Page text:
Summary: "Many of us are fluent in at least one language and some people are proficient in two, three, four or even more. But not all languages around the world are in good health. In fact it is thought that at least half of the languages that are alive today could cease to be spoken by the end of this century. What can we do about it? How do you re-awaken hibernating or dying languages and the cultures that go with them? Or, is some extinction inevitable? Bridget Kendall discusses the positive things that are happening with some minority languages, focusing on Australia, Nepal and Hawaii with linguists Professor Ghil’ad Zuckermann and Dr. Candace Kaleimamoowahinekapu Galla and anthropologist Dr. Mark Turin."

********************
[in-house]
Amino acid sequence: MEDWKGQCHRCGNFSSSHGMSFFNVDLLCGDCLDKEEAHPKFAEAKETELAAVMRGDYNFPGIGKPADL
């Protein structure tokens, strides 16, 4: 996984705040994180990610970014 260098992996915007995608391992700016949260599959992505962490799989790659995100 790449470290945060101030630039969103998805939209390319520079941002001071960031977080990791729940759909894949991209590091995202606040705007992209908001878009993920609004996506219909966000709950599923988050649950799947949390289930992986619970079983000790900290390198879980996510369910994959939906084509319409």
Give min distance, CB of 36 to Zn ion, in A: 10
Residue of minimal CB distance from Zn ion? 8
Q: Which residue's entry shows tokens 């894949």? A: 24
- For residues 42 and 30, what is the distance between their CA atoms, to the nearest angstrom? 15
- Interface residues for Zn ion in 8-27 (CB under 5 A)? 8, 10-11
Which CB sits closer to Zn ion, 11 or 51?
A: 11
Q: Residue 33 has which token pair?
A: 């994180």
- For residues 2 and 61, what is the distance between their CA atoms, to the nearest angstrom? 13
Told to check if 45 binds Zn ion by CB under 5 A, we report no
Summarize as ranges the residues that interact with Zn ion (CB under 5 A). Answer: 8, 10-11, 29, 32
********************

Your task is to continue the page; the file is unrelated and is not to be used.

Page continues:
As you listen to this Podcast think of Gullah.
"Along the southeastern coast of the United States there is a narrow strip of land which is known to linguists and dialect geographers as the Gullah Area. This region, which includes the sea islands along the coast, extends roughly from Jacksonville, North Carolina to Jacksonville, Florida, and inland for about one hundred miles. Living in this area are African-American people who are descendants of the tribesmen brought to the New World during the time of the Slave Trade. These people still speak variations of the original creole language known as Gullah." - Charleston County Public Library - The Gullah Creole Language by Virginia Mixson Geraty